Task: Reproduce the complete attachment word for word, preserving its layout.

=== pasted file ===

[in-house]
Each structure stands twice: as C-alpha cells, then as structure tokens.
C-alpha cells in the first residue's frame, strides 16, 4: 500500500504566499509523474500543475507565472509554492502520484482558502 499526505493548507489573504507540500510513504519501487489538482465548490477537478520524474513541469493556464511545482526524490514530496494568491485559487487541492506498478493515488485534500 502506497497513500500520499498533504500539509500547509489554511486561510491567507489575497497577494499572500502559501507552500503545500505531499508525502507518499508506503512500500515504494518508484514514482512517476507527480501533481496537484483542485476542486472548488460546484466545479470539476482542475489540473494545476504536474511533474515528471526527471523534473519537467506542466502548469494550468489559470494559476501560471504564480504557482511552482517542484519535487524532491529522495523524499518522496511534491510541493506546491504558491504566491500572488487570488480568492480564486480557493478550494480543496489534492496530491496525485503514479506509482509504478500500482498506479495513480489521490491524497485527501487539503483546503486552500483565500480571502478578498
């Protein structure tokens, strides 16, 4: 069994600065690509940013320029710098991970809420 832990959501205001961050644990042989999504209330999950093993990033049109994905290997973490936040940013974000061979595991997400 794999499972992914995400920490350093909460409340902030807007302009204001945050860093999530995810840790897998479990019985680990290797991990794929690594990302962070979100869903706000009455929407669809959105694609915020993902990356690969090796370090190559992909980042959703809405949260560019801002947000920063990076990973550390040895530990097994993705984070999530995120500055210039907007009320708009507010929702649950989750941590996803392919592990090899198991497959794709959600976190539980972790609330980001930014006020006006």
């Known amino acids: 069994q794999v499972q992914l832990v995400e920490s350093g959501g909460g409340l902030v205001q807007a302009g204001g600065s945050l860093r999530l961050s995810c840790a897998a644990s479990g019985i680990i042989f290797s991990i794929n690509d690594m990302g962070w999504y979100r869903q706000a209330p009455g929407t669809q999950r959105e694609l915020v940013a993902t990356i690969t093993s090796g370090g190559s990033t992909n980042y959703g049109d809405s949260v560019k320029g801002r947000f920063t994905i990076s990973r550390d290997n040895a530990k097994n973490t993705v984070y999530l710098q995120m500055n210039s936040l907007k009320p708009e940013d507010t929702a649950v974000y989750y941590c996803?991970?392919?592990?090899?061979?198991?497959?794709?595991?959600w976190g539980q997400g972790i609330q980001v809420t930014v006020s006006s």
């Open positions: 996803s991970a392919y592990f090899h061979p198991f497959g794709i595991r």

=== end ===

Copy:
[in-house]
Each structure stands twice: as C-alpha cells, then as structure tokens.
C-alpha cells in the first residue's frame, strides 16, 4: 500500500504566499509523474500543475507565472509554492502520484482558502 499526505493548507489573504507540500510513504519501487489538482465548490477537478520524474513541469493556464511545482526524490514530496494568491485559487487541492506498478493515488485534500 502506497497513500500520499498533504500539509500547509489554511486561510491567507489575497497577494499572500502559501507552500503545500505531499508525502507518499508506503512500500515504494518508484514514482512517476507527480501533481496537484483542485476542486472548488460546484466545479470539476482542475489540473494545476504536474511533474515528471526527471523534473519537467506542466502548469494550468489559470494559476501560471504564480504557482511552482517542484519535487524532491529522495523524499518522496511534491510541493506546491504558491504566491500572488487570488480568492480564486480557493478550494480543496489534492496530491496525485503514479506509482509504478500500482498506479495513480489521490491524497485527501487539503483546503486552500483565500480571502478578498
């Protein structure tokens, strides 16, 4: 069994600065690509940013320029710098991970809420 832990959501205001961050644990042989999504209330999950093993990033049109994905290997973490936040940013974000061979595991997400 794999499972992914995400920490350093909460409340902030807007302009204001945050860093999530995810840790897998479990019985680990290797991990794929690594990302962070979100869903706000009455929407669809959105694609915020993902990356690969090796370090190559992909980042959703809405949260560019801002947000920063990076990973550390040895530990097994993705984070999530995120500055210039907007009320708009507010929702649950989750941590996803392919592990090899198991497959794709959600976190539980972790609330980001930014006020006006």
């Known amino acids: 069994q794999v499972q992914l832990v995400e920490s350093g959501g909460g409340l902030v205001q807007a302009g204001g600065s945050l860093r999530l961050s995810c840790a897998a644990s479990g019985i680990i042989f290797s991990i794929n690509d690594m990302g962070w999504y979100r869903q706000a209330p009455g929407t669809q999950r959105e694609l915020v940013a993902t990356i690969t093993s090796g370090g190559s990033t992909n980042y959703g049109d809405s949260v560019k320029g801002r947000f920063t994905i990076s990973r550390d290997n040895a530990k097994n973490t993705v984070y999530l710098q995120m500055n210039s936040l907007k009320p708009e940013d507010t929702a649950v974000y989750y941590c996803?991970?392919?592990?090899?061979?198991?497959?794709?595991?959600w976190g539980q997400g972790i609330q980001v809420t930014v006020s006006s």
């Open positions: 996803s991970a392919y592990f090899h061979p198991f497959g794709i595991r």